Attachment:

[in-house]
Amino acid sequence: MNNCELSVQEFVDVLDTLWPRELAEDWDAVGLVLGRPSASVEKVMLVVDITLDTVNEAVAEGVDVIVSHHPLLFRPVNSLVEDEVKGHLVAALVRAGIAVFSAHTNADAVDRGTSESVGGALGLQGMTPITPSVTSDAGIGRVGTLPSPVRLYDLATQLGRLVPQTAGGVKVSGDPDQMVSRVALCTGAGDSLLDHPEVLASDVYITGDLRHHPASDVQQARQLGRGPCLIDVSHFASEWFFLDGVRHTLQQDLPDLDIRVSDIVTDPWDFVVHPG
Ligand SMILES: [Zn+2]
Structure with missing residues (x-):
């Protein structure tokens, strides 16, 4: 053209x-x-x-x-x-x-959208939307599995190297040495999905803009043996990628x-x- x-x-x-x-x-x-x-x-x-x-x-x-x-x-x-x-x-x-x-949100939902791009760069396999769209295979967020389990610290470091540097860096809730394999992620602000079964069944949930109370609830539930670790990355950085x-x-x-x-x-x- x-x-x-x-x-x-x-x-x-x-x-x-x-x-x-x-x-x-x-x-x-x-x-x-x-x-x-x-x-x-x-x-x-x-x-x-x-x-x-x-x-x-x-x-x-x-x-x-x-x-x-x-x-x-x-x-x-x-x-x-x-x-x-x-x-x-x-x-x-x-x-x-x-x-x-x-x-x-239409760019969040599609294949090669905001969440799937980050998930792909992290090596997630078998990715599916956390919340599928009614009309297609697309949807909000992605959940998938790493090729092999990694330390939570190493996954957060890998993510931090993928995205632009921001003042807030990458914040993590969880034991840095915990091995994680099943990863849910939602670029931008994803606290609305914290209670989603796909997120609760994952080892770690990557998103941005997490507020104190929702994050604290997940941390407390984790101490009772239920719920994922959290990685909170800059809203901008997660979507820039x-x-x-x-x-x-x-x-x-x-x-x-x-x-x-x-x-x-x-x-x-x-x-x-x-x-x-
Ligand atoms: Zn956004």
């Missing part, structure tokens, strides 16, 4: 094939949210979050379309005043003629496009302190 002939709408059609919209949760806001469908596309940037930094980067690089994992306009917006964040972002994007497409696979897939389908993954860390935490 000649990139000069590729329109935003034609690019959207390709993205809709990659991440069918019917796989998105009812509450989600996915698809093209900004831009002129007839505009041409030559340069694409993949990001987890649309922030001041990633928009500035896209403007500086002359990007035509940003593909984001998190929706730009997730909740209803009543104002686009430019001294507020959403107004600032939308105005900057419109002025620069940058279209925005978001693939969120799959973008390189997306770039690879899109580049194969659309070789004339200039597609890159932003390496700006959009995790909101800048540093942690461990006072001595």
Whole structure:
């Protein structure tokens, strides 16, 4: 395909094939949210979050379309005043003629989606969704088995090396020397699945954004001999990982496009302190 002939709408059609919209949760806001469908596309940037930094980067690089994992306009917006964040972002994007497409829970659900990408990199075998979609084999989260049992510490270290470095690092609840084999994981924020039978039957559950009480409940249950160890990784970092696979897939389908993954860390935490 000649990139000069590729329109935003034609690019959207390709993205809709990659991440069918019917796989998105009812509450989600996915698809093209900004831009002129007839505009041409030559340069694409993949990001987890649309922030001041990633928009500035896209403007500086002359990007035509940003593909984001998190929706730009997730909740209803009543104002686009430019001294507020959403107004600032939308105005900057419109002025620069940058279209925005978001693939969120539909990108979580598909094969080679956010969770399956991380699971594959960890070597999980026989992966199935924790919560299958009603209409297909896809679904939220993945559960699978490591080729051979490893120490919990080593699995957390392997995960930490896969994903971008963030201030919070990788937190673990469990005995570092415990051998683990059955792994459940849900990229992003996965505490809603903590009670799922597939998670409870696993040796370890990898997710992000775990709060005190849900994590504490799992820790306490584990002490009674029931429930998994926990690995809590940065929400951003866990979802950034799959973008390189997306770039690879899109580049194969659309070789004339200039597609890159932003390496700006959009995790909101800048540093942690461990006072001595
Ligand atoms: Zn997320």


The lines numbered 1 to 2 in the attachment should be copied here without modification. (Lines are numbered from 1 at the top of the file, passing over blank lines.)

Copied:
[in-house]
Amino acid sequence: MNNCELSVQEFVDVLDTLWPRELAEDWDAVGLVLGRPSASVEKVMLVVDITLDTVNEAVAEGVDVIVSHHPLLFRPVNSLVEDEVKGHLVAALVRAGIAVFSAHTNADAVDRGTSESVGGALGLQGMTPITPSVTSDAGIGRVGTLPSPVRLYDLATQLGRLVPQTAGGVKVSGDPDQMVSRVALCTGAGDSLLDHPEVLASDVYITGDLRHHPASDVQQARQLGRGPCLIDVSHFASEWFFLDGVRHTLQQDLPDLDIRVSDIVTDPWDFVVHPG